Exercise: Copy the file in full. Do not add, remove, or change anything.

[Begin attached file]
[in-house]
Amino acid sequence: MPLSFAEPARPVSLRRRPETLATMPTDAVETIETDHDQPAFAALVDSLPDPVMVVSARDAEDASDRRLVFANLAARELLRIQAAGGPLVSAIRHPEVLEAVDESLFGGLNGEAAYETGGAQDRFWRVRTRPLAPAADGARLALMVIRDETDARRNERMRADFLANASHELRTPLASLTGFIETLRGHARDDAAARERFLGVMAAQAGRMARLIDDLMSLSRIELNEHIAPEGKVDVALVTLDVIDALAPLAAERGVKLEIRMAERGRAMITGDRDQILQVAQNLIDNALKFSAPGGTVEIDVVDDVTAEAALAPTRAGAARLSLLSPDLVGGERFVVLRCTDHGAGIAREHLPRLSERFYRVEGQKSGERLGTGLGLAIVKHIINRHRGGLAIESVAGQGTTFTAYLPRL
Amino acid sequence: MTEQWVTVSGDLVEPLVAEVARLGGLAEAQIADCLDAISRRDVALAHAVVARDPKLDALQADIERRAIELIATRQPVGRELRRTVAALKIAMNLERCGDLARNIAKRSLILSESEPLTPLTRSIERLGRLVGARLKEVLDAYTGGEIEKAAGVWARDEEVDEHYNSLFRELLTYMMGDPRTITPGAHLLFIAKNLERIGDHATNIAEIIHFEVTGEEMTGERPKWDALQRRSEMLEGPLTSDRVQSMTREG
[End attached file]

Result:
[in-house]
Amino acid sequence: MPLSFAEPARPVSLRRRPETLATMPTDAVETIETDHDQPAFAALVDSLPDPVMVVSARDAEDASDRRLVFANLAARELLRIQAAGGPLVSAIRHPEVLEAVDESLFGGLNGEAAYETGGAQDRFWRVRTRPLAPAADGARLALMVIRDETDARRNERMRADFLANASHELRTPLASLTGFIETLRGHARDDAAARERFLGVMAAQAGRMARLIDDLMSLSRIELNEHIAPEGKVDVALVTLDVIDALAPLAAERGVKLEIRMAERGRAMITGDRDQILQVAQNLIDNALKFSAPGGTVEIDVVDDVTAEAALAPTRAGAARLSLLSPDLVGGERFVVLRCTDHGAGIAREHLPRLSERFYRVEGQKSGERLGTGLGLAIVKHIINRHRGGLAIESVAGQGTTFTAYLPRL
Amino acid sequence: MTEQWVTVSGDLVEPLVAEVARLGGLAEAQIADCLDAISRRDVALAHAVVARDPKLDALQADIERRAIELIATRQPVGRELRRTVAALKIAMNLERCGDLARNIAKRSLILSESEPLTPLTRSIERLGRLVGARLKEVLDAYTGGEIEKAAGVWARDEEVDEHYNSLFRELLTYMMGDPRTITPGAHLLFIAKNLERIGDHATNIAEIIHFEVTGEEMTGERPKWDALQRRSEMLEGPLTSDRVQSMTREG